Fieldwork in architectural conservation education is a proven practice to develop skills in documenting current conditions and start methodological engagements with a site's architectural and historical values. It is a vehicle to generate intensive learning experiences in comprehensive degrees or short courses. Review of the practice within conservation education is not extensive and the purpose of this paper is to reflect on enhancing pedagogy further.
This reflection was triggered by a major case study, a workshop to generate UG teaching capacity for an Architecture school in Colombia. This led to mapping the fieldwork spectrum, reviewing the authors' experiences (PG courses and external workshops) and activities planned in other MSc programmes. Fieldwork is often seen as skills training, so enhancement is explored through the affiliate geography and architecture UG curricula.
The Colombia workshop provoked strong engagement among students and tutors, and their commitment to make heritage meaningful to their projects is a measure of this pedagogy's success. Fieldwork around a site's essence, beyond skills development can induce conservation students into critical enquiries by motivating them to develop personalised contexts and enhance engagement with the unexpected through inversion of linear learning processes. Setting up site exercises early on PG programmes can encourage curiosity in exploring historic environments and contextualise surveying methods.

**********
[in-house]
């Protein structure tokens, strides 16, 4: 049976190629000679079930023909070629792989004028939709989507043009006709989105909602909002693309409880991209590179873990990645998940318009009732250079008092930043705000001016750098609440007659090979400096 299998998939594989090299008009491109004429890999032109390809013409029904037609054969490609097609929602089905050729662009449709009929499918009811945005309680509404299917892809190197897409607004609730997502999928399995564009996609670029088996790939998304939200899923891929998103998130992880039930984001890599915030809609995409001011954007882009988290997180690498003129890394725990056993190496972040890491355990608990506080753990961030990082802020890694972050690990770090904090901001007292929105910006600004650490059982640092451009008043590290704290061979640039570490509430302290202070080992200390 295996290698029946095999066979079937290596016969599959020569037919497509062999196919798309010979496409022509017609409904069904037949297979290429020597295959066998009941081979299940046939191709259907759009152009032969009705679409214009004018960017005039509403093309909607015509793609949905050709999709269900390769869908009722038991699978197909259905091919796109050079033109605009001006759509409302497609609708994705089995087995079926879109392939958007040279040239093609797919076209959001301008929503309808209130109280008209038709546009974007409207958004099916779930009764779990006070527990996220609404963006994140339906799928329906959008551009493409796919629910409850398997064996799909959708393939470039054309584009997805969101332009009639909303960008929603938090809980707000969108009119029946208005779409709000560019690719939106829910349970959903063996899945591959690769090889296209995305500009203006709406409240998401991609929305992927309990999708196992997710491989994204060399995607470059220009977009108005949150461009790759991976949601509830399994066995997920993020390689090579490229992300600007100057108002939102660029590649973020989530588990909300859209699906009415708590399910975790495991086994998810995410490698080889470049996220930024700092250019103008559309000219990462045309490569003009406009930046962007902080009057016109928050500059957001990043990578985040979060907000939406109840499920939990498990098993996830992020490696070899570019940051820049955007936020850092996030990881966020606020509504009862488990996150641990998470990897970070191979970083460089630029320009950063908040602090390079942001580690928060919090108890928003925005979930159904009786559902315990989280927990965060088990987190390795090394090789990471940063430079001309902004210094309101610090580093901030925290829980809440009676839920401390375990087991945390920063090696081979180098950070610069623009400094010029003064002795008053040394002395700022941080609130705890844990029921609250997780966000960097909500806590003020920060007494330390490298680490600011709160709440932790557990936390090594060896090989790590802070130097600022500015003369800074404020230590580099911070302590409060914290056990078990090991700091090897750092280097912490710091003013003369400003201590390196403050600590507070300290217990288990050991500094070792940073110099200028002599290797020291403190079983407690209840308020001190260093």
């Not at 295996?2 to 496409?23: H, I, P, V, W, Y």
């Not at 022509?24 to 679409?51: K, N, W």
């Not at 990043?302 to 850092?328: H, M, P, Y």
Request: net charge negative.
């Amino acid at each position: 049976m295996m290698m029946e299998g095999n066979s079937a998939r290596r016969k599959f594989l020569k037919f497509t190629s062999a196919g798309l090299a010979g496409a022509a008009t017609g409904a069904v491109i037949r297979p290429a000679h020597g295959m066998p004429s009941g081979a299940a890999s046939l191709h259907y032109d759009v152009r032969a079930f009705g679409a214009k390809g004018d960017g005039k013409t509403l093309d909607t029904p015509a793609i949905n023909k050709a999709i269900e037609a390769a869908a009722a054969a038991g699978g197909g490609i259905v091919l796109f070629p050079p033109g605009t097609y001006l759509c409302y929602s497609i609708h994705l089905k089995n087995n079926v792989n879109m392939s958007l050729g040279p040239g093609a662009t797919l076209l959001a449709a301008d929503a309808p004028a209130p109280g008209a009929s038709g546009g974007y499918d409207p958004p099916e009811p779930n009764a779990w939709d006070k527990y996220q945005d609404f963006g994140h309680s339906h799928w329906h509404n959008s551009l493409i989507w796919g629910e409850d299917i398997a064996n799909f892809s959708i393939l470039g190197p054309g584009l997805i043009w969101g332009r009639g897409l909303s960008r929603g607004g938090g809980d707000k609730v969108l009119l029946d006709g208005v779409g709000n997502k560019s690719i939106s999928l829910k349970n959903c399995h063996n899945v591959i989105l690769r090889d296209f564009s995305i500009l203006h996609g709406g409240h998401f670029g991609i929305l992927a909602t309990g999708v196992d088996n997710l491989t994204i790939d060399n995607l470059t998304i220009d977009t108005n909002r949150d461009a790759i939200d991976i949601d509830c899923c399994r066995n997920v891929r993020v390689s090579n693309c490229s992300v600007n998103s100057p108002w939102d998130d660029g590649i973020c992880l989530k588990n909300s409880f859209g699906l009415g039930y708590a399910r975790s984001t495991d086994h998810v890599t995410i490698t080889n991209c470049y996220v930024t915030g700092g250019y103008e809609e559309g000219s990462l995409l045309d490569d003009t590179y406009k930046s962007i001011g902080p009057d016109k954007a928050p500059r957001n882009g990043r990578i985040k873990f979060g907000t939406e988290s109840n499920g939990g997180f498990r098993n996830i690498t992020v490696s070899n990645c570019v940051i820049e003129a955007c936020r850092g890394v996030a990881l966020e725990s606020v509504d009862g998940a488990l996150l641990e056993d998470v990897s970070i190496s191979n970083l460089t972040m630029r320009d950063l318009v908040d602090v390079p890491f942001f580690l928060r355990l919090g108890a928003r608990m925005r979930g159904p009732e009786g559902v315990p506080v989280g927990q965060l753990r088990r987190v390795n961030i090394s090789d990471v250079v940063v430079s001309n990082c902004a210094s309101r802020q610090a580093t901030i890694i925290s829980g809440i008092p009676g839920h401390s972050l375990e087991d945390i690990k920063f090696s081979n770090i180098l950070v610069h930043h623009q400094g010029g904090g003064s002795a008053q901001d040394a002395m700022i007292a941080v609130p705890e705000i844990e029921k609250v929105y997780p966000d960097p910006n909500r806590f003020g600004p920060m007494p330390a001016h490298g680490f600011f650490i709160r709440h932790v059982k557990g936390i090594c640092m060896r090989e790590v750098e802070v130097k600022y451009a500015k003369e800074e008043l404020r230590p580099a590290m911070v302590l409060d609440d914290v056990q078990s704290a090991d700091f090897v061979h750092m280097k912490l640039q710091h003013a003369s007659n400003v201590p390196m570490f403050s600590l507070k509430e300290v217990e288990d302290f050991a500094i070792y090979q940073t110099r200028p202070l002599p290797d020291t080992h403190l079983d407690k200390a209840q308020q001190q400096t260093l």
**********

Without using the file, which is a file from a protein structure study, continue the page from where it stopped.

Student reaction to these ideas has still to be tested by designing new activities. The educational methods of this implementation need deeper analysis, beyond the paper's scope.
The paper maps the academic value of fieldwork in conservation education, investigating enhancement and cross-fertilisation from architecture and geography.
The authors kindly acknowledge funding for the research project by the Newton Fund of the British Council. The second author also had the generous support of the PEAK Urban programme, which is funded by the UKRI’s Global Challenge Research Fund, Grant Ref: ES / P011055 / 1
The colleagues at UTCH are warmly thanked: Johana Lozano for co-ordinating the exercise; Edison Ledesma, head of school for his hospitality; the tutors of the three groups, Aura Conto, Jose Luis Copete and Antonio Hinestroza for guiding the students; Victor Valencia Abadia, founder of the school, for enthusiastic input; Douglas Cujar for his immense working knowledge of the evolution of the city. The Diocese of the Chocó, for the inspiring site visit to the Cathedral of Quibdó.
Dr Dan Swanton, the principal investigator of the project, provided unique insight into non-linear learning processes. Prof. Suzanne Ewing, Dr Lisa Moffit, Dr Ana Bonet-Miro, Dr Miguel Paredes-Maldonado, Dr Ruxandra-Iulia Stoica, Jane Robertson and Christianna Veloudaki colleagues in ESALA; Prof. Donatella Fiorani from the Sapienza University; Dr Aziliz Vandesande from RLICC Leuven and Dr Mariona Genis at UPC are warmly thanked for insight to their inspiring teaching practices.
Theodossopoulos, D. and Calderon, E. (2022), "Enhancing fieldwork learning experiences for the architectural conservation curriculum", Journal of Cultural Heritage Management and Sustainable Development, Vol. 12 No. 4, pp. 392-407. https://doi.org/10.1108/JCHMSD-05-2020-0078
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